Fedora Workstation now uses the “flicker-free boot” system, so the display does not turn on and off during the boot process.

You can also now run the Fedora desktop as a containerized desktop, Fedora Silverblue, with rpm-ostree at its heart. This replaces the traditional RPM package management with atomic upgrade/rollback. In this model, Fedora provides ready-made base operating system image. When you install a program, using either rpm-ostree or Flatpak, it creates essentially a restore point. These are then tracked, and if something goes wrong, you can reset to your restore point with minimal harm done.

 

Fedora 30 Server

fedora_30_server

 

Fedora 30, released April 30, 2019, has the following new and improved features:

The product definitions for Fedora’s “Editions” have been revamped. Fedora Cloud and Fedora Server editions are now a single product, simply called Fedora Server. Fedora Atomic Host has been replaced with Fedora CoreOS, in the wake of Red Hat’s acquisition of that container-based Linux distribution. Fedora Workstation remains mostly the same.

Fedora Server now supports Linux System Roles, created by Ansible to provide consistent ways to configure common Linux subsystems such as the network, the email system (Postfix), SELinux, and a few others. The list of roles is constantly being expanded.

Almost all Python 2 packages have been removed from the system, as part of Fedora’s switch from Python 2 to Python 3.

MongoDB has been removed from Fedora, as its licensing (the Server-Side Public License v1) is not believed to be compatible with other free software licenses.

Support for many deprecated cryptography standards is being removed: DES, 3DES, CRC32, and MD4. RC4 and MD5 are being marked as deprecated.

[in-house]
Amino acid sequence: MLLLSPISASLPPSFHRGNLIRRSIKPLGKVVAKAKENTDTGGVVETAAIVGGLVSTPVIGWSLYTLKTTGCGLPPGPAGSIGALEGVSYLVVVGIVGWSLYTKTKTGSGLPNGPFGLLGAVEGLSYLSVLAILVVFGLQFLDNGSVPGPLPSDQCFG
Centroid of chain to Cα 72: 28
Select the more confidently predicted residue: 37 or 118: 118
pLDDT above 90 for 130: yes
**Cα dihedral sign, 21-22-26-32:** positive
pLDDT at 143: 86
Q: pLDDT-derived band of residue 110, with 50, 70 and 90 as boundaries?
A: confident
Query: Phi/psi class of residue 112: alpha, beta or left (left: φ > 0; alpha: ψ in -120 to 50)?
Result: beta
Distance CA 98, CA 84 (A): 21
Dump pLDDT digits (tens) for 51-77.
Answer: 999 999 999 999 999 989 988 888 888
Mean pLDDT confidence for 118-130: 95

As with each edition of Fedora, many individual software components have been upgraded:

  • Bash 5.0
  • Boost 1.69
  • Erlang 21
  • FreeIPA 4.8 (which now uses Python 3.6)
  • GCC 9
  • glibc 2.29
  • Golang 1.12
  • GNOME 3.32
  • Haskell GHC 8.4
  • java-openjdk JDK12
  • PHP 7.3
  • Ruby 2.6
  • Vagrant 2.2

For more details please visit the official Fedora Releases/30/ChangeSet.

 

To upgrade your existing Fedora 29 installation to Fedora 30, you need to run the following commands in terminal one by one:

sudo dnf upgrade --refresh

sudo dnf install dnf-plugin-system-upgrade

sudo dnf install dnf-plugin-system-upgrade

sudo dnf system-upgrade reboot

You can also perform a clean installation of the Fedora 30 by visiting its download page and download the ISO file. Or click the link below:

If you feel like doing so, do give it a try or ask for the help from eRacks Systems’ experts.

May 4th, 2019

Posted In: Fedora, Linux, New products, News, Open Source, Operating Systems, Upgrades

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Ubuntu 18.10, aka ‘Cosmic Cuttlefish’, is available now on all eRacks systems.